Donate to the L.T.L. (Lin) Callow Memorial Award
Lin Callow – (1951-2017)

Lin Callow died suddenly on September 16, 2017. Lin was a professional biologist based in Calgary who spent his career working on environmental management of energy and mining projects. Lin excelled at bringing people of diverse backgrounds together to cooperate and solve complex or new challenges that arose as industry environmental work began and matured.

As a child, Lin experienced life in many communities across the prairies and northern Manitoba. His exposure to the wild, rugged environment of the north helped foster his connection, love and respect for the natural world.

After graduating from University of Saskatchewan, Lin got his first industry job working on the Mackenzie Valley Pipeline Project. This was followed up by work with Panarctic which took him to the high Arctic islands, a unique experience that he always treasured. During a one year trip to the South Pacific, he worked as curator of the orchid and bromeliad collection in the Cairns Botanical Garden, Australia. Upon his return to Canada, he went to work for Gulf Canada, beginning a thirty year career working in the area of environment, health and safety for Gulf and its successor, ConocoPhillips Canada. During this time, Lin achieved positions of increasing responsibility, and hired and mentored many industry professionals.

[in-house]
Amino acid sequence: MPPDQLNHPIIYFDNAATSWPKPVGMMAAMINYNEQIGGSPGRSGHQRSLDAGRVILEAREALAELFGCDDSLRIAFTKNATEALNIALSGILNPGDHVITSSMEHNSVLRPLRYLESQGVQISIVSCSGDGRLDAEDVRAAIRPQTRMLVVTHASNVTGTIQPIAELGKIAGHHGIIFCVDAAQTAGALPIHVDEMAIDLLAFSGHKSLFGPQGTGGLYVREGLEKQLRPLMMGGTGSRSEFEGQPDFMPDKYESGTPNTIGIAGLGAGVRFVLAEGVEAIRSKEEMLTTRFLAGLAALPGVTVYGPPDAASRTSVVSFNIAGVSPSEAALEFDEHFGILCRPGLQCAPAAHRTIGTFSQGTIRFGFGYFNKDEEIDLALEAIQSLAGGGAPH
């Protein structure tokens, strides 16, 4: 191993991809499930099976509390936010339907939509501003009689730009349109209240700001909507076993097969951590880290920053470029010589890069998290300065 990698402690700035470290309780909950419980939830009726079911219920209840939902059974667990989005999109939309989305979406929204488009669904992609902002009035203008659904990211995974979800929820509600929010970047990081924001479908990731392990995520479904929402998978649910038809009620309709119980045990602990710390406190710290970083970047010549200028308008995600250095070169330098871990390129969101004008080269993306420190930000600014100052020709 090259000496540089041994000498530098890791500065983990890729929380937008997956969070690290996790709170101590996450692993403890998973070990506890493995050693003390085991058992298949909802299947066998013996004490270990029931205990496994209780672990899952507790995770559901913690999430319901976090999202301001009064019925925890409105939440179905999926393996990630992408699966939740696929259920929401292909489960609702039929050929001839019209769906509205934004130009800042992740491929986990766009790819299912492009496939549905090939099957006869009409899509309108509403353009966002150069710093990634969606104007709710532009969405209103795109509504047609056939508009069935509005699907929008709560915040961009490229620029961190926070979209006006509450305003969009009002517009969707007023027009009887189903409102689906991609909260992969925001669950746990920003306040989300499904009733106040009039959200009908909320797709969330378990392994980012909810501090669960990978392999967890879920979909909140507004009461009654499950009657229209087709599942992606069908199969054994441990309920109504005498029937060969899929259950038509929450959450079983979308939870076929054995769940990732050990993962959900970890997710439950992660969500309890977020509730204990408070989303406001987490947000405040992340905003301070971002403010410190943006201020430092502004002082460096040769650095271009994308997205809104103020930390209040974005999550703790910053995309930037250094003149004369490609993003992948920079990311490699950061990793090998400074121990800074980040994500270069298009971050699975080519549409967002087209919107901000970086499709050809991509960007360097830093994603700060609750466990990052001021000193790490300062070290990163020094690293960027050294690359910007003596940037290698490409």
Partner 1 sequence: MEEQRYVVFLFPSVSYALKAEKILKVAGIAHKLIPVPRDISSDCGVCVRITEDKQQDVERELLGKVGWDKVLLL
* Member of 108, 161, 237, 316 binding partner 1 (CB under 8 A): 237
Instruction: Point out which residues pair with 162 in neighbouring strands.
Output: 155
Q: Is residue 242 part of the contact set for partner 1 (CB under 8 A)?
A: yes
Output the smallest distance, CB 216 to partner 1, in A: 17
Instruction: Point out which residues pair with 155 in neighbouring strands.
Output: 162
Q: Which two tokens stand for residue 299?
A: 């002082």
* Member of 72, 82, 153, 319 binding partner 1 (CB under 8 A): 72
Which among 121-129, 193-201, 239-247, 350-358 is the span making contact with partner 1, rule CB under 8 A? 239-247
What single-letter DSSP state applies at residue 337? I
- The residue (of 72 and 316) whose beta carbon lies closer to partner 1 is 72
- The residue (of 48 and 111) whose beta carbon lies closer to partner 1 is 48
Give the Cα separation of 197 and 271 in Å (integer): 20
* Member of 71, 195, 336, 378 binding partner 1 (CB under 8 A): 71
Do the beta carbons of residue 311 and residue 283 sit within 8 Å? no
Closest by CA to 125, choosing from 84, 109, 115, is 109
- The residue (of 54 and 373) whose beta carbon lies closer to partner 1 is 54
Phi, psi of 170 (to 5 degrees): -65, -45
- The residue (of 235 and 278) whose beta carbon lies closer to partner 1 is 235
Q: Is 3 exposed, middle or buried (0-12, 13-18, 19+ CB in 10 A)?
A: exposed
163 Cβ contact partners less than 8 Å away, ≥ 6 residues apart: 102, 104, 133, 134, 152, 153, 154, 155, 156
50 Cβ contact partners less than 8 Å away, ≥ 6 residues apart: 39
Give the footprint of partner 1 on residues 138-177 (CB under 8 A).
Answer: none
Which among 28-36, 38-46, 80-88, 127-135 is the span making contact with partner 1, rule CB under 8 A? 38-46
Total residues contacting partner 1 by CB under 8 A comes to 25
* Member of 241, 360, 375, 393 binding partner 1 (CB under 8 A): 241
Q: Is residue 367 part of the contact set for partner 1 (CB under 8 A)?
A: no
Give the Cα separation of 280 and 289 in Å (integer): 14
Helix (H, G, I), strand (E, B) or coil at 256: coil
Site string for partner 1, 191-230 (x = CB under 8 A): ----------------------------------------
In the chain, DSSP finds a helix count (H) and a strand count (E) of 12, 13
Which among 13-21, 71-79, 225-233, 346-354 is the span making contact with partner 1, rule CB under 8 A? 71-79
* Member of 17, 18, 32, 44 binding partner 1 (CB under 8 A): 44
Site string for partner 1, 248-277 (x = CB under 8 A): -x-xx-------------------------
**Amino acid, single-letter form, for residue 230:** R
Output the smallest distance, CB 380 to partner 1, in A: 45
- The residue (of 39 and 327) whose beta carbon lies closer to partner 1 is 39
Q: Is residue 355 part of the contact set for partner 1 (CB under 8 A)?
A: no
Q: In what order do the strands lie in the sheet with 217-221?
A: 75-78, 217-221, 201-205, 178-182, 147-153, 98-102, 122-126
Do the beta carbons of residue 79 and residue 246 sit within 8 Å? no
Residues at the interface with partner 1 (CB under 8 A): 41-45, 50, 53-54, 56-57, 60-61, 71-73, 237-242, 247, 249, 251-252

Lin took particular pride in his work to decommission the Pincher Creek gas plant in southern Alberta and reclamation of the Cannon Mine in Washington State. For his work on the mine, he and the company were given “The Recognition for Reclamation Award” by Washington State acknowledging that “you would be hard-pressed to ever tell there were mining activities in the area.” The mine became a place where wildlife returned and people were able to enjoy recreational activities. The last project of his career took him back to the beginning, working once again on the Mackenzie Gas Pipeline Project, revisiting the communities of the North, and participating in the Joint Review Panel hearings for the project.


Lin and his wife Jean retired to Brentwood Bay, BC. Lin continued to contribute to causes near to his heart, most notably as the Chairman of the Peninsula Streams Society, restoring salmon habitat in the area.

Throughout his life, Lin was respected for his leadership, fairness, kindness, curiosity, and passion for the natural environment. He was able to negotiate and gain acceptance, trust, and friendship with all sorts of people.

In his honour, and in recognition of his interest in mentoring those interested in working with diverse interests to protect the environment, the L.T.L. (Lin) Callow Memorial Award has been established. The purpose of the award is to assist third and fourth year undergraduate Natural and Environmental Science students in financial need who wish to pursue careers that reflect Lin’s interests and experience: botany, remediation and reclamation, zoology, climate science, northern ecology, marine science, or management of industrial and human activities.
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In memory of
Mr. Leonard Callow

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